For those of you who are interested in finding out more about the mayor’s race, I urge you to read Jonetta Barras’ article, “Recruiting Diversity,” in last Thursday’s City Paper,


So Now What?
Roger Scott,

I would like the asked the obvious next question, “So now what?” For weeks and months now I have been reading about Fenty’s blatant cronyism. We all know that Peter Nickles does not live in the District. We have watched Michelle Rhee rip the heart out of DCPS, fry it up, and eat it on a picnic table in Rock Creek Park. “So now what?” This group of city officials, along with others, writes their own rules and largely ignores the established ones. People have protested, officials have quit, employees have sent letters, written blogs, picketed, marched, rallied . . . but nothing has changed. These are the people in power. There is no one above them to hold them accountable until the next election cycle. Is that it? Are the people virtually powerless to stop this madness. It sure appears so? The mayor, the Attorney General for the city, and the head of the school system seem to be able to do what ever they want to do, since they have each other’s backs. The city counsel has not even stepped in to right the wrongs. “So now what?”

Like many of you, I did my thirteen years in DCPS. I’m a better person because of the awesome teachers and principals who loved us and believed in us. It’s heartbreaking to see what has happened to this system and this city. Don’t get me wrong; sure, some change was needed. But it needed to be a change in the right direction and for the right reason. Unless of course you are going with the “Burn it to the Ground and Rebuild” philosophy. So it appears to me that the only power we have left is our vote. Our voices have been largely ignored, our cries of foul and unfair have been ignored, our letters get shredded, and all the while the child, the citizens, the employee, the taxpayer, and justice itself suffers.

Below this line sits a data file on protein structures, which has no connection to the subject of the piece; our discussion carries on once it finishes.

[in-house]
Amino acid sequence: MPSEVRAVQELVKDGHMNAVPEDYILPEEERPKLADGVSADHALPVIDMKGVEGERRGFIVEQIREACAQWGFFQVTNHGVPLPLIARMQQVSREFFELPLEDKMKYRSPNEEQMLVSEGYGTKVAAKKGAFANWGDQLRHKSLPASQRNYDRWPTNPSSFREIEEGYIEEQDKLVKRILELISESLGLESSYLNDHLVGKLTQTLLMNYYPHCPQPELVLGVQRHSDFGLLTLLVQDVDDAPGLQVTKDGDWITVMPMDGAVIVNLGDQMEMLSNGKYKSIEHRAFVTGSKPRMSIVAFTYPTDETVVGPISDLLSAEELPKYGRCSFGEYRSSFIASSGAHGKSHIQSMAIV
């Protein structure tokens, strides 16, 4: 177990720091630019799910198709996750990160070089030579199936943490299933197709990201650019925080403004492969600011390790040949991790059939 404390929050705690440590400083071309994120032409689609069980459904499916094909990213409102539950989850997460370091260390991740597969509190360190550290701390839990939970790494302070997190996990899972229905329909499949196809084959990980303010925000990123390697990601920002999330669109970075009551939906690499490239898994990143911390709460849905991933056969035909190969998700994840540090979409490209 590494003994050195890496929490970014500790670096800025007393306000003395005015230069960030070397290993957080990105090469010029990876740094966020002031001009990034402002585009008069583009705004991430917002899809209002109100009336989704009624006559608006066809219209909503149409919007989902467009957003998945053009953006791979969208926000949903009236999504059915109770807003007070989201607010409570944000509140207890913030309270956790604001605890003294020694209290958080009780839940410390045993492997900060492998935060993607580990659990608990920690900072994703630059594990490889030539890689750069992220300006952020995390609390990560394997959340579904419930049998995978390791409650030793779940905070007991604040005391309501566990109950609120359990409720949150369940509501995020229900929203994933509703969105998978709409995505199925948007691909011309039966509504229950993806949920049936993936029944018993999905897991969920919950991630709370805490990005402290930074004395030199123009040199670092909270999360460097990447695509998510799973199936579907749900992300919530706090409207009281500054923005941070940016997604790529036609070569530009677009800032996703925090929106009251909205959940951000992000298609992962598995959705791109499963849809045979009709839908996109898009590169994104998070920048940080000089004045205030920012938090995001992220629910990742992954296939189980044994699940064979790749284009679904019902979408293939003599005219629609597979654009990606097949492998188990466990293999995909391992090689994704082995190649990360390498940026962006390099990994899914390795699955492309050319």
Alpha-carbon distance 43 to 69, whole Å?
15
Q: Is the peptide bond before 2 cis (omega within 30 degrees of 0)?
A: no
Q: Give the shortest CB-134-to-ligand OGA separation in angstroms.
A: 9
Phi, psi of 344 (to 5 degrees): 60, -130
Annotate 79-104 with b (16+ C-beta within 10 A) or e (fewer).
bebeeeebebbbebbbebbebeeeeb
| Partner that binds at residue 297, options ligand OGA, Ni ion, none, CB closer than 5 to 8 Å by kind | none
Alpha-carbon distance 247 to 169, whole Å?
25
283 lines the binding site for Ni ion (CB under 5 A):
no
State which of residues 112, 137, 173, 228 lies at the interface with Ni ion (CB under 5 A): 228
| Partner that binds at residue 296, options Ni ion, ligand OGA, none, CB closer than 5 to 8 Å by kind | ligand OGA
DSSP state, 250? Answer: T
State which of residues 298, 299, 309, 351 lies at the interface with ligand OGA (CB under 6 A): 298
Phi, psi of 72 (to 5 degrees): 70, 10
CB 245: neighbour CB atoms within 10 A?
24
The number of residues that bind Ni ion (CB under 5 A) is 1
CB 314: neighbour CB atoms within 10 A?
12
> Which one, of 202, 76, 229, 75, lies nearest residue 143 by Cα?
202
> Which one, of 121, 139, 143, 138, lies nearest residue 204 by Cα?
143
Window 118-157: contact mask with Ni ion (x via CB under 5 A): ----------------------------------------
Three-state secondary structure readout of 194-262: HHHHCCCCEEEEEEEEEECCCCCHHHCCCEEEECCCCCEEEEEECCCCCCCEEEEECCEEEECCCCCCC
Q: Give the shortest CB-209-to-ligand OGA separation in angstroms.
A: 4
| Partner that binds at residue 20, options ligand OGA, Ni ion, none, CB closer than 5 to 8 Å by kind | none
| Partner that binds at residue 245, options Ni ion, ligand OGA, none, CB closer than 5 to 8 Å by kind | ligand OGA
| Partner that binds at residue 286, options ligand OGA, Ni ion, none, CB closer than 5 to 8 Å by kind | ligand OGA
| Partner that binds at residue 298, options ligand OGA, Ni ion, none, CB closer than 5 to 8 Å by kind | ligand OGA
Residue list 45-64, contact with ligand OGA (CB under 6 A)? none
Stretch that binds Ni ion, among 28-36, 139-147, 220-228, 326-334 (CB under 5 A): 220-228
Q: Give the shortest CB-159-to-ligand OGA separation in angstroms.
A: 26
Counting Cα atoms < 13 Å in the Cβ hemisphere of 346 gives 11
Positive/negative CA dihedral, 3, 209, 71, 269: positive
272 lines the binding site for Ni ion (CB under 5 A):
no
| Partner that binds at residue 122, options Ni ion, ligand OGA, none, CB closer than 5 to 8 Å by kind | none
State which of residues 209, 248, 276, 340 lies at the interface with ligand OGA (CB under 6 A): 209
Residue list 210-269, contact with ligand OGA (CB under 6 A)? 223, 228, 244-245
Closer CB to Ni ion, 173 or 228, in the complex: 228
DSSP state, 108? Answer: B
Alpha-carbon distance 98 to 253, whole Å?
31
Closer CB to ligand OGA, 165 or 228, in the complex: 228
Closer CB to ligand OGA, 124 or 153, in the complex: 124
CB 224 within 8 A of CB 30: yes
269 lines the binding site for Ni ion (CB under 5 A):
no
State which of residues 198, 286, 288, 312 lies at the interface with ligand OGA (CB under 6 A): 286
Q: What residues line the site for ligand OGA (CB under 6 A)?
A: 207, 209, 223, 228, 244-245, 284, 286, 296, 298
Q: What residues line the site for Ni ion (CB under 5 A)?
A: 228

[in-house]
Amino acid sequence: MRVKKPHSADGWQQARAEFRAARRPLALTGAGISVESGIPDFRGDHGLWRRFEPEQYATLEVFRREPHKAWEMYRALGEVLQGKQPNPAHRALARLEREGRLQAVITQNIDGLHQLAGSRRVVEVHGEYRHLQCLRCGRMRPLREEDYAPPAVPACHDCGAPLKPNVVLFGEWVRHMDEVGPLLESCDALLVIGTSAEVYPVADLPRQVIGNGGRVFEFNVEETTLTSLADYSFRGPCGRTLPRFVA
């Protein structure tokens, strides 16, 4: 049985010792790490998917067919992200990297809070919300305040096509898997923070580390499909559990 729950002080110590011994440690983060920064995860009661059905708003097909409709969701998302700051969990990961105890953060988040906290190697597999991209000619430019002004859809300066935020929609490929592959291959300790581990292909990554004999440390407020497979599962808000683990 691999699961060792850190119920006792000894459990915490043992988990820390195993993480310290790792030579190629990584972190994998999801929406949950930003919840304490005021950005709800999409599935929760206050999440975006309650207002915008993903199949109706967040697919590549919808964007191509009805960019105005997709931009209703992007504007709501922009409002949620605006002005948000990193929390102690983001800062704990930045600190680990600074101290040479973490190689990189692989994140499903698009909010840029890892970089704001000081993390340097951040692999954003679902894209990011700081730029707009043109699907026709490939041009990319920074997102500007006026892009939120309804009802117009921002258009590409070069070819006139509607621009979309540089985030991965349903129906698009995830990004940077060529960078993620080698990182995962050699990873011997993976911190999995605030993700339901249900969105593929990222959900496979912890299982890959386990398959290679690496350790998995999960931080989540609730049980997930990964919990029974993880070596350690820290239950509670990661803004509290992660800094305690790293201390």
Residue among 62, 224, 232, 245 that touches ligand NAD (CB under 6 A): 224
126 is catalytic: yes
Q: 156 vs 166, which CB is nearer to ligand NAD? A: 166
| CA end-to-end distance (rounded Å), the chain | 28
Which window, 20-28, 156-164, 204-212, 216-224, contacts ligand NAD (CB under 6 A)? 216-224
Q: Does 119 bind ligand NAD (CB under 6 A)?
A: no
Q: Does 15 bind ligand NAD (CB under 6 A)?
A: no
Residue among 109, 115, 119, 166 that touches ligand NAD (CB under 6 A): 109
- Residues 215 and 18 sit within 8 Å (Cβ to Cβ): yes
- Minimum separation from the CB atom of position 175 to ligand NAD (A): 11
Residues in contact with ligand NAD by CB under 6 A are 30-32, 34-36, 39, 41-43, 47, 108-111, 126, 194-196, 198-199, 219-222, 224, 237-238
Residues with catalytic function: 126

My question stands. “So now what?” What can you and I do to stop this? Do you sue the mayor in Federal court? Do you ask Congress to investigate corruption? Or is the ballot our last hope? If that is the case, then this kind of thing can and will happen again. Fellow readers, this is not a rant. I am seriously asking the question, “So now what?” Aren’t you tired of reading and writing about another teacher, another land grab, another school closing, another Freedom of Information request for a public document, another city contract, and the list goes on and on and on? Could someone please tell me, tell us, tell the teachers, tell the children, tell the taxpayers of this city, how do we stop this madness? So now what?


The DC Three-Dimensional Major Issue Matrix
Alvin C. Frost,

Washington, DC, is a unique American city. In many ways, it is similar to the ancient Greek city-states, such as Athens, Sparta, and Thebes, a small area surrounded on all sides by competing, and often warring, states. As a result, their continued existence was always in question, much like Washington, DC. The city was controlled entirely by the federal government until limited Home Rule began in 1974, and there are now still suggestions to have DC returned to Maryland, which ceded this land to begin the City of Washington, DC, in 1800. The Virginia portion that was ceded to help create Washington, DC, was retroceded to Virginia in 1846, just in time for Richmond to become the capital of the Confederacy (CSA) during the Civil War.

President Lincoln freed the slaves in Washington, DC, in 1862, nine months before the Emancipation Proclamation. In 1860, DC had a Black population of about 14,340, or 19.1 percent, out of a population of 75,080, directly across the Potomac from where slaves where still being bought and sold in Alexandria. Washington, DC, was established for the sole purpose of protecting the Congress from being at risk by being located within any one of the original thirteen colonies, and therefore at the mercy of that state. Of course, the federal government, especially the Congress, is no longer threatened by what any local group of citizens or state government can do to them now. That theoretical threat is still used to limit the political rights and future opportunities of the of almost six hundred thousand US citizens